Hurtado’s early text-critical work in the Gospel of Mark surely led to his particular interest in this first Gospel. He first wrote a commentary on Mark in 1983, and later revised it for the New International Biblical Commentary series (Mark [Hendrickson, 1989]); it can now be found in the more recently published Understanding the Bible Commentary series (Baker, 2011). Consistent with the series, Hurtado’s commentary is an accessible and more generalized examination of the Gospel. Although he includes some critical engagement with scholars, his focus is more on an overview of the text itself, including helpful insights along the way. Not surprising, of particular focus for Hurtado is the cultural background of the New Testament and the ways this knowledge can aid in our understanding of the Gospel itself. Not all biblical scholars can write in a manner that appeals to both technical and highly trained scholars in their field and those with less formal training such as laity or new students. Hurtado has that ability, and it is evident in the way that he approaches this study of Mark’s Gospel. He combines both depth of insight with ease of understanding, emphasizing the ways that significant and meaningful observations of the text can help illuminate our understanding of the story of Jesus.
Never one to shy away from a difficult text, Hurtado tackles the question of the ending of Mark’s gospel in one of his most important essays on the subject: “The Women, the Tomb, and the Climax of Mark” (in A Wandering Galilean: Essays in Honour of Sean Freyne, ed. Zuleika Rodgers, Margaret Daly-Denton, and Anne Fitzpatrick-McKinley, JSJSup 132 [Brill, 2009], 427–50). He weighs in on the much-debated issue of whether the author intended to end his Gospel with the words, “and they said nothing to anyone, for they were afraid” (Mark 16:8, NRSV), or whether some other original ending has been lost. (The overwhelming consensus among Markan text-critical scholarship is that the other “longer” and “shorter” endings of Mark were later additions to the Gospel.) In the essay, Hurtado argues that the women did not fail to tell the good news of Jesus’s resurrection, but rather that they were acting as was expected in their culture—that is, they told the news privately to those of Jesus’s inner circle. Here Hurtado draws on first-century beliefs regarding the restricted role of women, who were encouraged to limit their influence to the home (the private sphere), and discouraged to have a public persona of any kind. Thus, for Hurtado, Mark 16:8 does not contain a rebuke of the female disciples in the story, but rather depicts them as the first of Jesus’s followers to indeed share the gospel news.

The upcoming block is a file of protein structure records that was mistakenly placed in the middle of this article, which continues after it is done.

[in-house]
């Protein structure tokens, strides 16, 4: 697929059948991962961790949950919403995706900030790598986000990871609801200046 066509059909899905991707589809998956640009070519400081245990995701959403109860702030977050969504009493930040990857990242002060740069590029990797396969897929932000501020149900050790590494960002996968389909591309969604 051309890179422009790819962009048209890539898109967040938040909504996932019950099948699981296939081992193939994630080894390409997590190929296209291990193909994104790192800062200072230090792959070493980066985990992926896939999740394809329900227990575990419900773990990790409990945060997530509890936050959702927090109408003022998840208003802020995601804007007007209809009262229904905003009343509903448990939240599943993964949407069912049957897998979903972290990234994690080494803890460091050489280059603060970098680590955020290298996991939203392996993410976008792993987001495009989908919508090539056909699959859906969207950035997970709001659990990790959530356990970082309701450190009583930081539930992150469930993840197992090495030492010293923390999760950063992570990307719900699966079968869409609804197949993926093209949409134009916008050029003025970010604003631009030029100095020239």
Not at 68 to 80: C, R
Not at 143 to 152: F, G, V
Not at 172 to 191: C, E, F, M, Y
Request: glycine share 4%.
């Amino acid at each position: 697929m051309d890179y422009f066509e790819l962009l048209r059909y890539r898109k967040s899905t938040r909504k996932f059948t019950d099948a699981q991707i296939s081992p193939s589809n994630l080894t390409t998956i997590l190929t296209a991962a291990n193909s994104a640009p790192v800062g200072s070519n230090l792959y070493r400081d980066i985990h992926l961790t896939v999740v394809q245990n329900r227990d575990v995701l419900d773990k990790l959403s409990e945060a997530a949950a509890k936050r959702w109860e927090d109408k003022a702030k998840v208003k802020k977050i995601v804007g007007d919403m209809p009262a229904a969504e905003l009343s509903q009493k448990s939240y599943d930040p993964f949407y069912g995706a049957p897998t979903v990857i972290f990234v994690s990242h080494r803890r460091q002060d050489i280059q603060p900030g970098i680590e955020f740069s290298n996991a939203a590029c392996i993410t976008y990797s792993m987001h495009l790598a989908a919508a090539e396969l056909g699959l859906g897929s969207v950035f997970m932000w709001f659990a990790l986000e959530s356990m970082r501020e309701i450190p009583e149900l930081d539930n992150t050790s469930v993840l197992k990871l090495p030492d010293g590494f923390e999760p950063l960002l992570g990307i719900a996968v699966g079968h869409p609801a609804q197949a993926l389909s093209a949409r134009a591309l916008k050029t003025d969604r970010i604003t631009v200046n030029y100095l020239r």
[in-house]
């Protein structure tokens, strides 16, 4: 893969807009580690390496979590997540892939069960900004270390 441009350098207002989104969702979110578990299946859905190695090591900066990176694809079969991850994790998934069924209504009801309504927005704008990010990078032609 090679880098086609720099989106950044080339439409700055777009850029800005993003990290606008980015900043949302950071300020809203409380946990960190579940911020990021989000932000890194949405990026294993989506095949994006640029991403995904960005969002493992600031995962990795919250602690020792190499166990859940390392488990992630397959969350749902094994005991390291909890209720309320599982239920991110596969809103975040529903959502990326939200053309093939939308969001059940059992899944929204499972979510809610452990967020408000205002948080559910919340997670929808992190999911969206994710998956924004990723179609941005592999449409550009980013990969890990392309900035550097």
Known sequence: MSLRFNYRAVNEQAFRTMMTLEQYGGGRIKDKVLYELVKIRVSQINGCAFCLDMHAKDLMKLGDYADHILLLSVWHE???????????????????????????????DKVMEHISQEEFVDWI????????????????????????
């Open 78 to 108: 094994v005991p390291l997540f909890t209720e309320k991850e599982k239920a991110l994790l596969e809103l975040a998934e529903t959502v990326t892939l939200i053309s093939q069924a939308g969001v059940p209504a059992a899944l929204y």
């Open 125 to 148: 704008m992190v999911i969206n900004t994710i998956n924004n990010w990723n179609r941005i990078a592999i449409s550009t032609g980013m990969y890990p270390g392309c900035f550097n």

This essay demonstrates one of Hurtado’s underlying interpretations of Mark’s Gospel as a story that was primarily a message of hope. In an area of the discipline where many have viewed this Gospel as one focused wholly on Jesus’s suffering, Hurtado would often push back against that more one-dimensional view of the Gospel, both in his writing and in his conversations. For him, Mark was not simply a message of the cross; it was a message of death and resurrection.